2. Symptoms Mirror Traditional Alzheimer’s
Psychiatry professors and Alzheimer’s disease researchers at Mount Sinai School of Medicine look for very similar symptoms in early-onset Alzheimer’s patients and traditional Alzheimer’s disease patients—such as misplacing objects, memory loss that affects daily life, decline in problem-solving skills, confusing times and places, difficulty performing normal daily tasks, forgetting words, trouble communicating and understanding others, poor judgment, mood swings, and social withdrawal.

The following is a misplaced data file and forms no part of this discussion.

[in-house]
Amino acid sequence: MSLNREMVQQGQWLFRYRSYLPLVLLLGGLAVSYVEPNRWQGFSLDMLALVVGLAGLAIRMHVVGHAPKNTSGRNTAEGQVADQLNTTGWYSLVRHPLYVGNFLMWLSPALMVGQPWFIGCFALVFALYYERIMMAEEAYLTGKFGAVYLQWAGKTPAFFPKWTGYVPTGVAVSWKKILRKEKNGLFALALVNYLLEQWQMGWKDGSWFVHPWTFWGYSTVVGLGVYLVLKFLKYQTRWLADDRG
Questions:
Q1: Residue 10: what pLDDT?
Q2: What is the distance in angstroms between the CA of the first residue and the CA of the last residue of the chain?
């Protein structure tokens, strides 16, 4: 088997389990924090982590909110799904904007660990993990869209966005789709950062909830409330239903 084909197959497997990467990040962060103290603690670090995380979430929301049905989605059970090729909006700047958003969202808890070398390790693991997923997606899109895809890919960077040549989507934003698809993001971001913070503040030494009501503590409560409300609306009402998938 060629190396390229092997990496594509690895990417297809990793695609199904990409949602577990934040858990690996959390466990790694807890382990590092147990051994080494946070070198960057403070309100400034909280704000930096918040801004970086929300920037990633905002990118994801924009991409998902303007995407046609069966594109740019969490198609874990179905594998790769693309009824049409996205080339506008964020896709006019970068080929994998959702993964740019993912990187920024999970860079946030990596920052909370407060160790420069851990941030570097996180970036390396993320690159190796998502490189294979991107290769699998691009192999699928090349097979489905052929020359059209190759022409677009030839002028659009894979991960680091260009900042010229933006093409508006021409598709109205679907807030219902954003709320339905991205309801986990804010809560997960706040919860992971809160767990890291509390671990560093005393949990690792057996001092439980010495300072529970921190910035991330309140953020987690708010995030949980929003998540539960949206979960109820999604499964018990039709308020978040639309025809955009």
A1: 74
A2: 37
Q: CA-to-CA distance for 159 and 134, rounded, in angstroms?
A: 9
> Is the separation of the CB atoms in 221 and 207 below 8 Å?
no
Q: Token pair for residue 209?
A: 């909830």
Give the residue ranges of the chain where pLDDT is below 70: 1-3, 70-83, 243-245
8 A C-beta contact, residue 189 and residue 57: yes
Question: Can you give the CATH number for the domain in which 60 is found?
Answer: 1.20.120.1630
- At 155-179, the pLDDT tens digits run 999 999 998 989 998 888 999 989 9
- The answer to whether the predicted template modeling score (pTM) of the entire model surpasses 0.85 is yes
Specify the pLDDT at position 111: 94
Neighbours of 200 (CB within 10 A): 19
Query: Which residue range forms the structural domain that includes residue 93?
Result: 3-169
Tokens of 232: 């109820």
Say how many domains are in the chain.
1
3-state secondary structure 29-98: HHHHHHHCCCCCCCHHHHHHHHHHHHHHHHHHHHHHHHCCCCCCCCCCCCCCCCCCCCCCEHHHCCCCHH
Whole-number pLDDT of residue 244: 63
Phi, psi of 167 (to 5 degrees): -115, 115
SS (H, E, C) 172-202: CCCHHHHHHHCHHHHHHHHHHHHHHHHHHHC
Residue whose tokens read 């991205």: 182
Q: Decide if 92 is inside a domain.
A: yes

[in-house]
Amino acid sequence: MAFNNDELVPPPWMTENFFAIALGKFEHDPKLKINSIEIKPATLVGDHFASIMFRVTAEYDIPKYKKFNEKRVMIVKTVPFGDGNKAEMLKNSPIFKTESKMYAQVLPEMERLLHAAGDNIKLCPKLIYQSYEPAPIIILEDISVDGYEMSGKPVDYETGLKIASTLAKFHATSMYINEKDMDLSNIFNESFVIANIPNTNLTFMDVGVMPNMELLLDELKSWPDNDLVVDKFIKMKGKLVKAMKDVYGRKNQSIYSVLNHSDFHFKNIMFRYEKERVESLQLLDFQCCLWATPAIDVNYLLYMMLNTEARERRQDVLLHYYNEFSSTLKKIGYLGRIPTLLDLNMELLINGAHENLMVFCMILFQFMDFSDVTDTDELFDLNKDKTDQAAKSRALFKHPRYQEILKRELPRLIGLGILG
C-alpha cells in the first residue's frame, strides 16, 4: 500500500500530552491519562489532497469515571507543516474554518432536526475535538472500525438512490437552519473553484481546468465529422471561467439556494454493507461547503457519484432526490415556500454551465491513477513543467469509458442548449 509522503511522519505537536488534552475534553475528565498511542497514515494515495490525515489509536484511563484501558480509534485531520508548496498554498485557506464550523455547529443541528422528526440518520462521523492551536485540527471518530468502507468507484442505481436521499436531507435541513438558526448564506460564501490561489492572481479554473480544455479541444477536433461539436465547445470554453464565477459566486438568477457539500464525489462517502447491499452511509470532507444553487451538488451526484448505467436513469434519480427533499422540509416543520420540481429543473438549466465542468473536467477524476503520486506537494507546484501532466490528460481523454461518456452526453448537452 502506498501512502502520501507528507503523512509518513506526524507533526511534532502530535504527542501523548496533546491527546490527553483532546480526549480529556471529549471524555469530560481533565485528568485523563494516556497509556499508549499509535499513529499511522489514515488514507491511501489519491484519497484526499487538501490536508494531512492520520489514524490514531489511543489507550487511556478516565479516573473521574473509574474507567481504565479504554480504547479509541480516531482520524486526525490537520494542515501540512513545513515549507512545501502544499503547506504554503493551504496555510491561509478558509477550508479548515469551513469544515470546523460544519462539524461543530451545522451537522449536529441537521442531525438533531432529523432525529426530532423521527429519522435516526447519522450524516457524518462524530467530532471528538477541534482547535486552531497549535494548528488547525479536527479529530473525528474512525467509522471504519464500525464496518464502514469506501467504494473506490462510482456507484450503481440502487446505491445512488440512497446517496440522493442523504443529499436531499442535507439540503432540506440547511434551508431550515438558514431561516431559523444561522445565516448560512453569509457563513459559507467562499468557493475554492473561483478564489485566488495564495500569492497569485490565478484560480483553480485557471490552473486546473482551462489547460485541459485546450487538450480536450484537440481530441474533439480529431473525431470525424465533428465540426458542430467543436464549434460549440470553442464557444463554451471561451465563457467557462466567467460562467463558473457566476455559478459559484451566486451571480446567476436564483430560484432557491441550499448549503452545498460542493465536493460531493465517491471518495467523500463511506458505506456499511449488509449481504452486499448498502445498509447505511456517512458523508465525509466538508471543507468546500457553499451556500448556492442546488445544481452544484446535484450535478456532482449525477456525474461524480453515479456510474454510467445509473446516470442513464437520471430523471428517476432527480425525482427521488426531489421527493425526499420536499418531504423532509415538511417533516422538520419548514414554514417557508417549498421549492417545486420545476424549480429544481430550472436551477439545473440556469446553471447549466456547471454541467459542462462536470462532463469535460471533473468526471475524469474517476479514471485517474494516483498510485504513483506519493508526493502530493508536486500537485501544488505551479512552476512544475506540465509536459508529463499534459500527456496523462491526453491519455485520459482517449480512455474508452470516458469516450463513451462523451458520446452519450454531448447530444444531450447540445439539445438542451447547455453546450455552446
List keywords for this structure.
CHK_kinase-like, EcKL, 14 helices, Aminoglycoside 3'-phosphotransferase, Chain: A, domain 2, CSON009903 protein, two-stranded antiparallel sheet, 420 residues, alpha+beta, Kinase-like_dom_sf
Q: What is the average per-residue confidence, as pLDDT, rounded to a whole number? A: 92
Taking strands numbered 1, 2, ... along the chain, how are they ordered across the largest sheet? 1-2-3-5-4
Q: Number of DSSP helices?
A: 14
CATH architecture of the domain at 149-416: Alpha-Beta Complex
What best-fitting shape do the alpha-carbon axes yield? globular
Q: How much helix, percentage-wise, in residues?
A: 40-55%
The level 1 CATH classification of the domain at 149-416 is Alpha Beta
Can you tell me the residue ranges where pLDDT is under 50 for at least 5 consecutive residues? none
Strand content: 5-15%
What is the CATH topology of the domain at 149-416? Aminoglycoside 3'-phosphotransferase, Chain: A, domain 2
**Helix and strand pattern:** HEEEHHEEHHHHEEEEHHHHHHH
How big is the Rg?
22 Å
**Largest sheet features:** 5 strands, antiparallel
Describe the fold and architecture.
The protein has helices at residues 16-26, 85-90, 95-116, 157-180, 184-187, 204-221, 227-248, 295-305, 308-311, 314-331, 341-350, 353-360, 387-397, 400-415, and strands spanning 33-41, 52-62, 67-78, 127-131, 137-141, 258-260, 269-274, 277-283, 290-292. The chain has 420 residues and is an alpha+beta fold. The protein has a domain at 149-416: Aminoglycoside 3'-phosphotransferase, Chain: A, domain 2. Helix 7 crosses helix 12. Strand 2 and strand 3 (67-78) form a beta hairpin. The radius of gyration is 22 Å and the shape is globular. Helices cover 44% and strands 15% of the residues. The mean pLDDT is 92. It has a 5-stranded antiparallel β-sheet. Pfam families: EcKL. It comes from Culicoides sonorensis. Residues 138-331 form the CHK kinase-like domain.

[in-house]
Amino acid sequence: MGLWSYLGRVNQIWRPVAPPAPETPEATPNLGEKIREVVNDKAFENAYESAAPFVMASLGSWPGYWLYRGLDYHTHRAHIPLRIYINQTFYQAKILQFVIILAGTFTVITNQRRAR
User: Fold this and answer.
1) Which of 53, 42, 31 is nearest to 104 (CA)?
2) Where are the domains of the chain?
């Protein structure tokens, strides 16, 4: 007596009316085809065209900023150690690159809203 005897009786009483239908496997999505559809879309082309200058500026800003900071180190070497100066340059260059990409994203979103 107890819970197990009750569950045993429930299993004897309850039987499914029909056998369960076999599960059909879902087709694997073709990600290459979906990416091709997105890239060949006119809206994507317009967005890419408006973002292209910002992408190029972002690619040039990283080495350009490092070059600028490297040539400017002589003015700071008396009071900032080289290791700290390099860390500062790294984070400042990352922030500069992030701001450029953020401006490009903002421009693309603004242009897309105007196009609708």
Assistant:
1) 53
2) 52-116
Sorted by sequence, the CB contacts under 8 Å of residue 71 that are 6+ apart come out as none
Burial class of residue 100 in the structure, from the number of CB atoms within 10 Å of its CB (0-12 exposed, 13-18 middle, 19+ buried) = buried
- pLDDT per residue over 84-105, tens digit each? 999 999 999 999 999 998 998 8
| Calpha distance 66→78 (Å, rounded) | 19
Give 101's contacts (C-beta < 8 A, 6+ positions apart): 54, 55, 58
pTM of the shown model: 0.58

However, because patients and their family members don’t often look for or recognize Alzheimer’s symptoms in younger patients, the disease is often diagnosed more slowly. Researchers at Mount Sinai School of Medicine approximate that it takes an average of 6-months to identify most early-onset patients or for patients and family to identify a health issue (i.e., memory loss) and bring it to the attention of a family doctor.